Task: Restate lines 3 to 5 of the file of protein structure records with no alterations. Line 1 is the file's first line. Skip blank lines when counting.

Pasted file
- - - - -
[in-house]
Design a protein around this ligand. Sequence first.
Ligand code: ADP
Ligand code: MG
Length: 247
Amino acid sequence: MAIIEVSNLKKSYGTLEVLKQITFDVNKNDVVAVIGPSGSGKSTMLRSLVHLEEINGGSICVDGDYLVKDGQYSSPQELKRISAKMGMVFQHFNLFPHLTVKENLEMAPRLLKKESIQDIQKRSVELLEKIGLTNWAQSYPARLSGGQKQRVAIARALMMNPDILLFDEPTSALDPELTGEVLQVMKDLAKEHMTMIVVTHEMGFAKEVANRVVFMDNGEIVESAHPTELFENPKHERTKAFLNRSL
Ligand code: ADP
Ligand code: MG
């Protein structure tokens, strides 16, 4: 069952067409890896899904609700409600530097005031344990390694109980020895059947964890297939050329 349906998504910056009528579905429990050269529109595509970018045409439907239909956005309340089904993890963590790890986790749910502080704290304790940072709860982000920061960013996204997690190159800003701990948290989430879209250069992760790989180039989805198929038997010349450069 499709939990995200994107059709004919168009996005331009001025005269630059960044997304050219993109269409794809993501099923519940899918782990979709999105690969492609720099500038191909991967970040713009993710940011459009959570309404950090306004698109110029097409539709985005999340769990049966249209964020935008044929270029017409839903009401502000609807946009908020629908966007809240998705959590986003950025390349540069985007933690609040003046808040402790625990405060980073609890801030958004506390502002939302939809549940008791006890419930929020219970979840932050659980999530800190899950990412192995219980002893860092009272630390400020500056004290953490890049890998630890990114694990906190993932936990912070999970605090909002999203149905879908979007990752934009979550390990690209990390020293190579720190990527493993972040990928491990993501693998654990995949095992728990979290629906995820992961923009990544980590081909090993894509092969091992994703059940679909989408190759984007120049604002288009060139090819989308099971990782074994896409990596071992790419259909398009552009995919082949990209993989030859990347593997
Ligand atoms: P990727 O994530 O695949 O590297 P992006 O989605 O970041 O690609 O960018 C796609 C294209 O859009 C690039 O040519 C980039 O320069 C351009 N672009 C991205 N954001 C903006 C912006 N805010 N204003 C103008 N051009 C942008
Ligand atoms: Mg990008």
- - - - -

Ligand code: ADP
Ligand code: MG
Length: 247